Loss doesn’t throw Cavs
James content to tweak Celtics
Before LeBron James had an opportunity to decompress and reflect, he walked off the TD Garden court and popped his Cavaliers jersey following the 117-113 loss to the Celtics yesterday, a gesture to let Boston fans and a national television audience know that Cleveland remains the favorite in the Eastern Conference.
That was proven when the Cavaliers rallied from a 22-point deficit to take two 1-point leads late in the game. Without Shaquille O’Neal, Anderson Varejao, and ejected coach Mike Brown, the Cavaliers nearly caused the Celtics to waste a sparkling effort with one big fourth-quarter run.
The flashing of his jersey was a signal that James remains supremely confident in his team’s ability to reach and win the Finals. The Celtics stand as an obstacle down the road, but they couldn’t blow away a hobbling Cavaliers team that had little to play for besides the satisfaction of spoiling Easter for the Celtics faithful.
They rode James, who seemingly looked at the scoreboard following the third period (the Celtics were leading, 98-81) and shouted in the huddle, “C’mon boys, let’s put a scare into them.’’
And he did.
With the Celtics ahead just a basket, James made the bold but justifiable decision to pull up for a 3-pointer with 4.9 seconds left and go for the win. Making the shot possibly would have extinguished the Celtics’ fragile confidence and left them reeling at an inopportune time. Missing it, which is what James did, only allowed the Celtics and their fans to exhale and wipe their drenched brows — until the next time.
James sent many messages to the Celtics yesterday, and they had long-term repercussions. The most important was that the Cavaliers will be difficult to beat because they don’t relent, a reflection of their leader. And secondly, the road to the Finals will go through Cleveland, regardless of how well the Celtics finish the regular season.
The question for the Celtics is whether they have the ability to beat Cleveland four times in a series. James let the Celtics know any victory will be exhausting. If Boston had continued to cruise, it would have felt confident about its ability to beat the Cavaliers. But the Celtics didn’t, so the feelings were mixed and they left the Garden with a sense of uncertainty. James enjoys producing that anxiety.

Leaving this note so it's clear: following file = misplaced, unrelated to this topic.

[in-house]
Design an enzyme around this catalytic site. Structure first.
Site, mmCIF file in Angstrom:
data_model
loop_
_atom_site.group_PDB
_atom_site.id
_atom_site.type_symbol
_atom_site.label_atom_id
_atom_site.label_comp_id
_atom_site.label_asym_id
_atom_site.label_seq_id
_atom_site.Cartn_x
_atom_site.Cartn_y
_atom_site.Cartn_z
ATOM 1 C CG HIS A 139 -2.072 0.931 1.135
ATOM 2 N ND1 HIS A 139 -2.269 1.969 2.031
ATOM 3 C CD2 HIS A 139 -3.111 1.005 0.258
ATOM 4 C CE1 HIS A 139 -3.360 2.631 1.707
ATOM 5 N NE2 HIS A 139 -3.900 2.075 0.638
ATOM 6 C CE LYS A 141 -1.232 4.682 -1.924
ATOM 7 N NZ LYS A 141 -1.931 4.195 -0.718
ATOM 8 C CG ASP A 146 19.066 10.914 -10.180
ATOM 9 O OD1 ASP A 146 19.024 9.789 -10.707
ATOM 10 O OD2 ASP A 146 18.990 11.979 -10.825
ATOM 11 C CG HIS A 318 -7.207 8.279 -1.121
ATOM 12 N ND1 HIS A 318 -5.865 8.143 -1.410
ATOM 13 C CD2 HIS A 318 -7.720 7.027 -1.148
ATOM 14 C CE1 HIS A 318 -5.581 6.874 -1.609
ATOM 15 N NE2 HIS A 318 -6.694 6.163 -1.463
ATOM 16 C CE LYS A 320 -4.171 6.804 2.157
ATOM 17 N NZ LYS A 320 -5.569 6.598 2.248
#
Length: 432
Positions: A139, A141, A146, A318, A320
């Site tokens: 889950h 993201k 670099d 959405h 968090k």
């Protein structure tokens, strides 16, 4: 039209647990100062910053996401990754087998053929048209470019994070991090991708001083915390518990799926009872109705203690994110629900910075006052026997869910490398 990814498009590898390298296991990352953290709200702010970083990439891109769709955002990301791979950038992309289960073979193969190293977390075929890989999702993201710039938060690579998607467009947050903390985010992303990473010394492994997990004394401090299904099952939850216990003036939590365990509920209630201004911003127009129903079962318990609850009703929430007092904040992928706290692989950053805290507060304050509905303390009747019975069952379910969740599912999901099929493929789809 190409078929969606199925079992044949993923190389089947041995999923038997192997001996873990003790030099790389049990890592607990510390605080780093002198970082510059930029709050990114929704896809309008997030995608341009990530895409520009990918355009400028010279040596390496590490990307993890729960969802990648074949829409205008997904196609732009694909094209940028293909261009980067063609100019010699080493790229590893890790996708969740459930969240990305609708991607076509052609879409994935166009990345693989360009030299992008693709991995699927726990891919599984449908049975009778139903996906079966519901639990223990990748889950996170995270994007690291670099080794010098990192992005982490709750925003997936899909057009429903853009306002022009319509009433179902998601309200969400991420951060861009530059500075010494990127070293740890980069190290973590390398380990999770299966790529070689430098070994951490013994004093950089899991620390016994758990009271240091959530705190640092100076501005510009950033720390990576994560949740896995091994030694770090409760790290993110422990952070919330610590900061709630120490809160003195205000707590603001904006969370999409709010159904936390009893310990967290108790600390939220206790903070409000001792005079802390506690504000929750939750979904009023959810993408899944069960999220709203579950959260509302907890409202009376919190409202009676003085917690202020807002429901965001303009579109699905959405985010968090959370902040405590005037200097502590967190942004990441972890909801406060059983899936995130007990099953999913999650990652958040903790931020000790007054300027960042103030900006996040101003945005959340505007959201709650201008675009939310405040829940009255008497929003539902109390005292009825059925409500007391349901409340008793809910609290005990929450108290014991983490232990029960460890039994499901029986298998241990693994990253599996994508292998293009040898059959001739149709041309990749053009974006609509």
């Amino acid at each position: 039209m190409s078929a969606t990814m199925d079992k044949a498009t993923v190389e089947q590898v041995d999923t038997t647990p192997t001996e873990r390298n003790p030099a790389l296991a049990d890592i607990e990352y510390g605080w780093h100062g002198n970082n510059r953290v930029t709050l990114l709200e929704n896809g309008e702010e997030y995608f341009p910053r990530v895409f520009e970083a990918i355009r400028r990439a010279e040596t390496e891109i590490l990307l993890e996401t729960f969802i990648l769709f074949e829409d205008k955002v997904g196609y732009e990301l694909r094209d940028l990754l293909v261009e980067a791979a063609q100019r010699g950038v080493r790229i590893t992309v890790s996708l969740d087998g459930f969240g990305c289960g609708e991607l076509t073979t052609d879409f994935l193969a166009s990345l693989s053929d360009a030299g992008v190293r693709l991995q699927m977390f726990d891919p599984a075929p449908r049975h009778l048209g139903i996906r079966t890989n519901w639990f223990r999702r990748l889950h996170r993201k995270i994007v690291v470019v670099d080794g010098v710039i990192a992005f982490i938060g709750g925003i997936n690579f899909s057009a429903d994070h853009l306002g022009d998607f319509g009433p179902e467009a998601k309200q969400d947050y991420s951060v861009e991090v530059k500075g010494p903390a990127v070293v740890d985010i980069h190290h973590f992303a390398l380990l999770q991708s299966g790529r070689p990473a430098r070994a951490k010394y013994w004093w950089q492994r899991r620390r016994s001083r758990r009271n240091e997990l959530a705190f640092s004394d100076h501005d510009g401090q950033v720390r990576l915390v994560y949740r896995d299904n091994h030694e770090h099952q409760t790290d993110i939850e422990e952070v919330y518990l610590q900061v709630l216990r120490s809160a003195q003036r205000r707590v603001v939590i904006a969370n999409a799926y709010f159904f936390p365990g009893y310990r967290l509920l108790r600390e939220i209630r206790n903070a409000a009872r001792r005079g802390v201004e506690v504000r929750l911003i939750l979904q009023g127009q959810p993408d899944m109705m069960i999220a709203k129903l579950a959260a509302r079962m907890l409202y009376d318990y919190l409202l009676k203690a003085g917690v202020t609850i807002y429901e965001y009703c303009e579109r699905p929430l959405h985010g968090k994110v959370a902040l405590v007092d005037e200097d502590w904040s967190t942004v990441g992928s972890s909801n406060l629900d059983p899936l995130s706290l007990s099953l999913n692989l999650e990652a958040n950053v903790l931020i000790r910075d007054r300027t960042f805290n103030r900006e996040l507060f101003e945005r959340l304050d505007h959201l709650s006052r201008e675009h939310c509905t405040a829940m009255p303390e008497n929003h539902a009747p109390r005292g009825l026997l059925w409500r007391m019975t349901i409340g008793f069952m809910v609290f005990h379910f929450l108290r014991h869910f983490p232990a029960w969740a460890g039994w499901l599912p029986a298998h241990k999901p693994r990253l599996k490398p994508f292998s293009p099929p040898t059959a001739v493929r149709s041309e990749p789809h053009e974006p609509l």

He picked up a technical foul with 9:02 left for arguing a phantom foul call on Zydrunas Ilgauskas, and the Cavaliers went on a 23-9 run and took the lead twice before finally falling, but James didn’t leave without barking back at Kevin Garnett and Tony Allen when both approached him with comments. The war of words only exacerbated this brewing rivalry and in James’s eyes only will make the process of eliminating the Celtics sweeter.
“It’s a good win for them, a really good win for them,’’ he said. “It could have been a really good win for us. Every team knows that it’s hard to get up for every game, but you have to find that small edge that’s going to keep you going throughout the night.’’
The motivation for James was to slap the Celtics into a tailspin with a stirring comeback, and he almost pulled it off.
When asked whether an opposing team would be capable of rallying from 22 points down to win in Cleveland, James said, smiling, “That’s a set-up question. It hasn’t happened. I don’t see it happening. But it’s still a set-up question.’’
So without actually saying it, James indicated that he believes what just happened against the Celtics would never happen in northeast Ohio. Sometimes the fear of defeat is even more effective and damaging than the defeat itself, and the Celtics left the proceedings with a queasy feeling, relieved more than motivated by their victory.
The psychology of sport sometimes is more fascinating than the actual sport. James knew the Cavaliers may not have been able to make it all the way back, but the thrill created by the rally and the chaos it nearly caused were good enough for James to smile gleefully after the game.
Cleveland left Boston with the No. 1 seed in the Eastern Conference and home-court advantage throughout the playoffs following the Lakers’ 19-point home loss to San Antonio. The Cavaliers have five meaningless games left, likely to be used for Ilgauskas and Varejao to get more court time together and perhaps to get O’Neal back and in shape.
James was quick to remind reporters that Cleveland was not at full strength. The Cavaliers will enter the playoffs with three capable big men in addition to a rested James to tackle a barely .500 first-round opponent, and then perhaps Boston or Atlanta.
“What we did [yesterday] was good for our team,’’ he said. “I don’t know what [the Celtics] are thinking down there, I don’t know what’s going on in their locker room, but for me, we’re not hanging our heads about this loss at all.’’
Gary Washburn can be reached at email@example.com.